6 June 2000


RSF warns against use of journalists in police operations

This is available in:

English Français

(RSF/IFEX) - The following is a 2 June 2000 RSF press release:

For immediate release

Hostage-taking in Wasserbillig:

RSF warns against the voluntary or involuntary use of journalists in police operations

During the conclusion of the hostage-taking situation in Wasserbillig (Luxembourg) on 1 June 2000, Luxembourg police admitted to having pretended to represent a television programme to draw out the hostage-taker in a trap. To do this, the police officers used materials which they requisitioned from the Luxembourg television station RTL-TV. Reporters sans frontières (RSF) fears that such an operation may create a dangerous precedent.

Journalists, especially cameramen, are already particularly vulnerable in combat zones or areas where police operations take place. They run the risk of becoming actual targets for criminals who may see them as voluntary or involuntary collaborators of police forces. As such, the very conditions of the journalism profession are dangerously threatened by such actions.


Reporters Without Borders
47, rue Vivienne
75002 Paris, France
rsf (@) rsf.org

Fax:+33 1 45 23 11 51
More from Luxembourg
  • Freedom of the Press 2016: Luxembourg

  • Freedom of the Press 2015: Luxembourg

    Ranked 6th in annual global media freedom report

  • Freedom of the Press 2014: Luxembourg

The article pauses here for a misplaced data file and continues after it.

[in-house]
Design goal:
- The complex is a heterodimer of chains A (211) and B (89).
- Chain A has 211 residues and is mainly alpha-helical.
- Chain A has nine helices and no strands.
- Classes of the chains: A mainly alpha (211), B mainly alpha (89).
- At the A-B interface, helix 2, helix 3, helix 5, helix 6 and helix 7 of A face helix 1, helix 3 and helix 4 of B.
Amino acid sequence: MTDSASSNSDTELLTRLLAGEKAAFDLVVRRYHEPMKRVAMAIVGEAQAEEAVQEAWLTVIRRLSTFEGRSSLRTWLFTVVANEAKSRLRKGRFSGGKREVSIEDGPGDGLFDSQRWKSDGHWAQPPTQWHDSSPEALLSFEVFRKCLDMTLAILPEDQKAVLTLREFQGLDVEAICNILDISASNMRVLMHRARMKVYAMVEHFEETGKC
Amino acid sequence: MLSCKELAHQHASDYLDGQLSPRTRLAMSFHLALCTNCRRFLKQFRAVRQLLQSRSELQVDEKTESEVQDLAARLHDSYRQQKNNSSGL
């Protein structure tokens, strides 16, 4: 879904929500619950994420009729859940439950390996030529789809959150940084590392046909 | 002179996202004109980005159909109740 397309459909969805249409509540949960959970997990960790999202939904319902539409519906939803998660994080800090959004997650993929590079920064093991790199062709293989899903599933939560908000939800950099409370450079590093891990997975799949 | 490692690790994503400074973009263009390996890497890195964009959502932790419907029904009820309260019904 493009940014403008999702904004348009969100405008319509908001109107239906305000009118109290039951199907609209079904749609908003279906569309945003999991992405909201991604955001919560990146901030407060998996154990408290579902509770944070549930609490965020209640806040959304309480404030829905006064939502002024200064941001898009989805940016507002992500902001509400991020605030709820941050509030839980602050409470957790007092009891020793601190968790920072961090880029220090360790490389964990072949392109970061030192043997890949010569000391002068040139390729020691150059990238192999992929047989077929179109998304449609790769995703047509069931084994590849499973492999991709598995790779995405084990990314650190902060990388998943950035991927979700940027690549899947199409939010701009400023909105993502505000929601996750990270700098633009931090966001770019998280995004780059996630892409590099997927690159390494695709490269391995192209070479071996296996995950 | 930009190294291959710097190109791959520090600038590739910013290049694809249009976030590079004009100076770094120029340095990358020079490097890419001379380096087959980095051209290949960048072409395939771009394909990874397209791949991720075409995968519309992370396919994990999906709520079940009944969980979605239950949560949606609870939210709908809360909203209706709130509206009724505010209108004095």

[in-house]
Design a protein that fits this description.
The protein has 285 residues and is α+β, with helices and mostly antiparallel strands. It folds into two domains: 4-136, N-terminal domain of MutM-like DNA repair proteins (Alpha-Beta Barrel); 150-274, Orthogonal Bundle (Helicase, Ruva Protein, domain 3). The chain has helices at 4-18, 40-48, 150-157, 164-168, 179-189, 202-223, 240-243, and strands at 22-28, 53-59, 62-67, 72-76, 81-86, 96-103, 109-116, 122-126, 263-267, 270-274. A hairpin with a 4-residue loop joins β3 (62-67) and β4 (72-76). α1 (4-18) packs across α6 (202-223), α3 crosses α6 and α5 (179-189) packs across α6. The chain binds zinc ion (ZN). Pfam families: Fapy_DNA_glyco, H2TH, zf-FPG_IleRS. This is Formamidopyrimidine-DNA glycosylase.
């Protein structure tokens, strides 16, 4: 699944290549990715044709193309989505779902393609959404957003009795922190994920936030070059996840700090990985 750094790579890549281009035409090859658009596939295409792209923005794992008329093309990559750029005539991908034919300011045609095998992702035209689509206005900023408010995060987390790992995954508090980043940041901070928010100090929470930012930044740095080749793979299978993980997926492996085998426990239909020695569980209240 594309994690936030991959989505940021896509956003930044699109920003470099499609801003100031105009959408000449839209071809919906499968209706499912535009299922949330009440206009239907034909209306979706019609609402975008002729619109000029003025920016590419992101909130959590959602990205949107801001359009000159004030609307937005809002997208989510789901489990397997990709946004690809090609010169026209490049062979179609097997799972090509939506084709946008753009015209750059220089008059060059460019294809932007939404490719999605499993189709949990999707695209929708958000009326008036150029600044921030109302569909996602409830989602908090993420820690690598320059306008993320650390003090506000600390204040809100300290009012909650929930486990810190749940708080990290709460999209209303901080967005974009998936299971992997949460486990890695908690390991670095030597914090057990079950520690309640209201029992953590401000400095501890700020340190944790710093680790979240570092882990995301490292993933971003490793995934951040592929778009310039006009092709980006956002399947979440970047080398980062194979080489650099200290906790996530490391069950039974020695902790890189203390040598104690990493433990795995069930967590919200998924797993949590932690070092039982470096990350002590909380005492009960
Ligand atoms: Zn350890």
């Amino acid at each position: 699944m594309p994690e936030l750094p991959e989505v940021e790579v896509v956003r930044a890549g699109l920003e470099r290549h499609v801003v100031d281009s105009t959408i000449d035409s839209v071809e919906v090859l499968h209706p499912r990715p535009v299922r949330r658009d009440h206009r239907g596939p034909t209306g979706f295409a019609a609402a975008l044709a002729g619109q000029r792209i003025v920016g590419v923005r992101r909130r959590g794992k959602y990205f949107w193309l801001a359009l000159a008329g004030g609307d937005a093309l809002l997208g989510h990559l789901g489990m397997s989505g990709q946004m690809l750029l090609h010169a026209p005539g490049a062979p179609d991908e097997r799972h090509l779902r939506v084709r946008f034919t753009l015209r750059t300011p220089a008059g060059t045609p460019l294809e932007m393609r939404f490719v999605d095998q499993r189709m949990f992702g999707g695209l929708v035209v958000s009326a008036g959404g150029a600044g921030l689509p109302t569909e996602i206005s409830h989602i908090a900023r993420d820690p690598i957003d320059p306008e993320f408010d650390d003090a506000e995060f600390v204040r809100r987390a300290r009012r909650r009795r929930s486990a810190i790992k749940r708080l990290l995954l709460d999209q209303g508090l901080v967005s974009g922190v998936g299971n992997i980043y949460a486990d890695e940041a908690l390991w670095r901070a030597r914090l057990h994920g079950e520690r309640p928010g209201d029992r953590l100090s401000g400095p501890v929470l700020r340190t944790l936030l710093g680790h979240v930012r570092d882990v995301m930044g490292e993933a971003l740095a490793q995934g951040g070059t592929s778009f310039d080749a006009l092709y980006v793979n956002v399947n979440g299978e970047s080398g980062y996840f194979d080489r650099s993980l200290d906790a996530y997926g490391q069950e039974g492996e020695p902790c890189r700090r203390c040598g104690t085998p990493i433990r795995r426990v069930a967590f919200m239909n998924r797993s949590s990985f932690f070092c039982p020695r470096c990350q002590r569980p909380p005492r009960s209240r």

Ranked 6th in annual global media freedom report

More from Europe & Central Asia

    Annual Report 2019 by the Partner Organisations to the Council of Europe Platform to Promote the Protection of Journalism and Safety of Journalists

  • Defamation and Insult Laws in the OSCE Region: A Comparative Study

    This study examines the existence of criminal defamation and insult laws in the territory of the 57 participating States of the Organization for Security and Co-operation in Europe (OSCE). In doing so, it offers a broad, comparative overview of the compliance of OSCE participating States’ legislation with international standards and best practices in the field of defamation law and freedom of expression.

  • Journalists caught in the middle: Protests turn violent from France to Finland

    Violence against journalists in Europe increased in the second quarter of 2016, reports submitted to Index on Censorship’s Mapping Media Freedom platform show, as a government crackdown in Turkey intensified and protests turned violent in countries from France to Finland.